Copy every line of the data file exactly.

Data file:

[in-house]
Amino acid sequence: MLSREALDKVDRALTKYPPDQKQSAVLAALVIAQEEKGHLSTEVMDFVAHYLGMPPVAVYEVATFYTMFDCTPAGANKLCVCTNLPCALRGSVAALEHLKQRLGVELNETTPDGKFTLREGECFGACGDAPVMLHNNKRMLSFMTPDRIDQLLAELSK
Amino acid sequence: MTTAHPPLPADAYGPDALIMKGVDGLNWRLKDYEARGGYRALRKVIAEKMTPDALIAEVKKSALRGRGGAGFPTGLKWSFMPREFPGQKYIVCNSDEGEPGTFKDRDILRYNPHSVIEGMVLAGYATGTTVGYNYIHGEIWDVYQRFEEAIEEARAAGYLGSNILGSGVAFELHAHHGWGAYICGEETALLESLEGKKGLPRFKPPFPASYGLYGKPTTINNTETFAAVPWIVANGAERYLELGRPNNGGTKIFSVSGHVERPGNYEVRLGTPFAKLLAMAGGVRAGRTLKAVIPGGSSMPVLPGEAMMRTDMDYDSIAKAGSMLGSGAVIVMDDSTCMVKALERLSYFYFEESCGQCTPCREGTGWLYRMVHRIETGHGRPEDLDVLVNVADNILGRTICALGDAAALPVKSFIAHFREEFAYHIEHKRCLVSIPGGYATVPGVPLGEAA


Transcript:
[in-house]
Amino acid sequence: MLSREALDKVDRALTKYPPDQKQSAVLAALVIAQEEKGHLSTEVMDFVAHYLGMPPVAVYEVATFYTMFDCTPAGANKLCVCTNLPCALRGSVAALEHLKQRLGVELNETTPDGKFTLREGECFGACGDAPVMLHNNKRMLSFMTPDRIDQLLAELSK
Amino acid sequence: MTTAHPPLPADAYGPDALIMKGVDGLNWRLKDYEARGGYRALRKVIAEKMTPDALIAEVKKSALRGRGGAGFPTGLKWSFMPREFPGQKYIVCNSDEGEPGTFKDRDILRYNPHSVIEGMVLAGYATGTTVGYNYIHGEIWDVYQRFEEAIEEARAAGYLGSNILGSGVAFELHAHHGWGAYICGEETALLESLEGKKGLPRFKPPFPASYGLYGKPTTINNTETFAAVPWIVANGAERYLELGRPNNGGTKIFSVSGHVERPGNYEVRLGTPFAKLLAMAGGVRAGRTLKAVIPGGSSMPVLPGEAMMRTDMDYDSIAKAGSMLGSGAVIVMDDSTCMVKALERLSYFYFEESCGQCTPCREGTGWLYRMVHRIETGHGRPEDLDVLVNVADNILGRTICALGDAAALPVKSFIAHFREEFAYHIEHKRCLVSIPGGYATVPGVPLGEAA